Interestingly, it was Windows 7, not Windows 8, that convinced me to stick with XP for so long. The various, minute details of the Aero desktop, control panels, and context menus drove me nuts (and still do after updating this year). Windows 8 was obviously a mistake, but Windows 10 is more or less Windows 7 in extreme overdrive with mandatory spyware attached. No thanks.

I remember when I used to mock OSX for staying pretty much the same over the last 10 years. OSX isn't my thing, but I am jealous over Apple's ability to completely revolutionize everything... again... without actually changing much.

Comment Re:I have seen that happen. (Score 1) 410

Forget "this post." The best part is when your last tab is "about:memory" and you do a garbage purge, and the memory consumption doesn't budge... or the last tab is "about:blank" and memory doesn't budge.

Actually, the best part is all those Firefox fans that have been insisting for 10 years that this isn't actually happening, Mozilla has "made a lot of progress" even though it's never actually been a problem, and that somehow it's probably all your fault (plugins) that the browser is crashing on 32-bit systems because it uses so many gigs of memory.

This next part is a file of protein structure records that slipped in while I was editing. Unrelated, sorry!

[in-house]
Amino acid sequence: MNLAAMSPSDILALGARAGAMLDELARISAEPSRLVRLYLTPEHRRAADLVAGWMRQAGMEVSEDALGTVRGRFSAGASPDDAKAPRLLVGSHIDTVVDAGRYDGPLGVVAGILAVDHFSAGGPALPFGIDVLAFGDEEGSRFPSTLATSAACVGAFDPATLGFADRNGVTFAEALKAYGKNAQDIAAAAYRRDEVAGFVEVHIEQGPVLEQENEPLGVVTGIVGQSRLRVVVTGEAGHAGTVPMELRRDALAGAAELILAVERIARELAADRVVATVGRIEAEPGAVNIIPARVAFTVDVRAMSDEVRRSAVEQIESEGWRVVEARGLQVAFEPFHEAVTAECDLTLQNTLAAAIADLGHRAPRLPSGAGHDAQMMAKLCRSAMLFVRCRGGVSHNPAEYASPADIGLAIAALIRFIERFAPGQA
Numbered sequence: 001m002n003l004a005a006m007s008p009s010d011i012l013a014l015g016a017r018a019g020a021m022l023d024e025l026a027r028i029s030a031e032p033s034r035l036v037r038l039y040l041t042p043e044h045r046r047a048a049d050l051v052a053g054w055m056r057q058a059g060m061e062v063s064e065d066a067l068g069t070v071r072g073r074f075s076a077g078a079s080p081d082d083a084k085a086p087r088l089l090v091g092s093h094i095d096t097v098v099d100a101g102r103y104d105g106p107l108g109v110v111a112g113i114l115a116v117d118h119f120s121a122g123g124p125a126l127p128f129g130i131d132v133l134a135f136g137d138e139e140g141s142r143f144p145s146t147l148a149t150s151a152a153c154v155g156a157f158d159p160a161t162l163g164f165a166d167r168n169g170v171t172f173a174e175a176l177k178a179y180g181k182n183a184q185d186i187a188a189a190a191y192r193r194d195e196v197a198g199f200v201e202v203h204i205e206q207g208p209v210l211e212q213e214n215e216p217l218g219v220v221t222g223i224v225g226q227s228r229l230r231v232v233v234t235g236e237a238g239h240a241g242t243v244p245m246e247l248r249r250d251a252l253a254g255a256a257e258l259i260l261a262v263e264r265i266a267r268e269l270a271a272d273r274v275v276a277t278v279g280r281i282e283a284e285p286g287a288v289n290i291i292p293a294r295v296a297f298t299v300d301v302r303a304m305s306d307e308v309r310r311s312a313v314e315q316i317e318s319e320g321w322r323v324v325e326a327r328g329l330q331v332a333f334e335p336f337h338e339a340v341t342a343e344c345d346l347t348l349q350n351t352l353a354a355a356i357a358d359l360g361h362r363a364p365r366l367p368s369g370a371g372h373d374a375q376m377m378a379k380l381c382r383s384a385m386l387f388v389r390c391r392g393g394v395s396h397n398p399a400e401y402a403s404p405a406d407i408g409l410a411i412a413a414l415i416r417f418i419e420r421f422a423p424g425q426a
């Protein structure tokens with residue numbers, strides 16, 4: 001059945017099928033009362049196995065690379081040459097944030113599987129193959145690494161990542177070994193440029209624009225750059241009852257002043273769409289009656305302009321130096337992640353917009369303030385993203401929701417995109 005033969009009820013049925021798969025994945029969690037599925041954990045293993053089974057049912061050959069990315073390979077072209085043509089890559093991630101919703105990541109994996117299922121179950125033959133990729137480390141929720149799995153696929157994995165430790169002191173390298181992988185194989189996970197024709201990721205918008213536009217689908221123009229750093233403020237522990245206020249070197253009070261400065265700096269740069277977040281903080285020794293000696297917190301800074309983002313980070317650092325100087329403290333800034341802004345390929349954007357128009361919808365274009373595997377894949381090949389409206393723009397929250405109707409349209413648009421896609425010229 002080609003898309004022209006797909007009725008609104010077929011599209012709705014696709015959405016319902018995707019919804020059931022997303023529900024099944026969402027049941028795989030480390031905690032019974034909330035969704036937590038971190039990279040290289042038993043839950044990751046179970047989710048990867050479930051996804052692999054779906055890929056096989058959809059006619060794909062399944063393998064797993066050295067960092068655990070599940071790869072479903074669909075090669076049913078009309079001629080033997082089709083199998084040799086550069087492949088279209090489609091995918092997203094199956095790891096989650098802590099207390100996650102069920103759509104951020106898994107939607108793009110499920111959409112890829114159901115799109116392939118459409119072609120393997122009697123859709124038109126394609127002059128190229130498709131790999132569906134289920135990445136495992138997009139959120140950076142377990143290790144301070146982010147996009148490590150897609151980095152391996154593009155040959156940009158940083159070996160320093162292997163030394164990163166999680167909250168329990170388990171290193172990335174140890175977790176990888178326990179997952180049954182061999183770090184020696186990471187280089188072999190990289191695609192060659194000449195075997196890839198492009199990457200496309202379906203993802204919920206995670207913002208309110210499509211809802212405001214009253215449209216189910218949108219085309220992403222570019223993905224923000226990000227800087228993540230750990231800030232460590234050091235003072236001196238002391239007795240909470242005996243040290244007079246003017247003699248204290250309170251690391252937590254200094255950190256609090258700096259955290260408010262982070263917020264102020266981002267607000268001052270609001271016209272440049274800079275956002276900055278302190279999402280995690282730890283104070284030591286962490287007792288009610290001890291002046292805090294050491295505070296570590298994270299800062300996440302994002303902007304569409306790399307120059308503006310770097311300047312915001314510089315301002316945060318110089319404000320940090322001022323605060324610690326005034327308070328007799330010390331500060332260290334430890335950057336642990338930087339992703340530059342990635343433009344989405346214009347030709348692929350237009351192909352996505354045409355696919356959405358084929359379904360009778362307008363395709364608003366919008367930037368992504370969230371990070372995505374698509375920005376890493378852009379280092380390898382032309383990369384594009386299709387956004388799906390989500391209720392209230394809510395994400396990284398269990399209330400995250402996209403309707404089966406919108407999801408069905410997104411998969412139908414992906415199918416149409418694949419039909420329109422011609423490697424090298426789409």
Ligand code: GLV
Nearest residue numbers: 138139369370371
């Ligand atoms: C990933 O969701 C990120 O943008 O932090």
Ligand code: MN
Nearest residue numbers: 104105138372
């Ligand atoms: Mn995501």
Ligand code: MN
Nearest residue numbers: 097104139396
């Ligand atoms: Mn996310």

Comment Re:Well, Apple knows a thing or two about innovati (Score 1) 535

That's what people want. Modern cars have about twice the power (with substantially less emissions), and people are willing to accept 23-27 MPG for the performance they get.

Once a recession hits, people are whining about MPG and there's suddenly a glut of SUVs on the used car lots. When the economy recovers, people run to the dealers to buy the latest gas guzzlers again. Ask a typical American if they'd like to drive one of those 55 MPG town buggies like they have in Europe. The reaction will be, "That's cute, but it's not for me."

Sad as it is, it's all just supply and demand in the end. Such rationale explains the phenominally poor quality of domestic cars in the 70's, as well.

Comment Re:That's what Nokia, Moto, and Microsoft said (Score 1) 535

I don't think anybody can seriously say Apple's software is well-tested. Just on the phone side of things, they've been granted way too many mulligans depite massive, show-stopping bugs in iOS, largely due to rushing it to market to suit the latest hardware release. This has been going on long before the reigns passed to Cook, too.

Also, that's just the stuff that runs on their own hardware.

Comment Re:Source control? (Score 1) 88

When iOS 8 was released, people noticed straight away that images couldn't be uploaded to web sites. As in, multipart-encoded image data included in a web form was just stripped away.

My reaction was, "How could such a show-stopping lack of QA be allowed to happen at all, let alone WHY it happened?"

The reaction from many of my peers on DeviantArt and other art-related web sites, upon realizing the couldn't upload their art, was, "Oh, I'm sure it'll be fixed soon. No big deal."

Top Ten Things Overheard At The ANSI C Draft Committee Meetings: (7) Well, it's an excellent idea, but it would make the compilers too hard to write.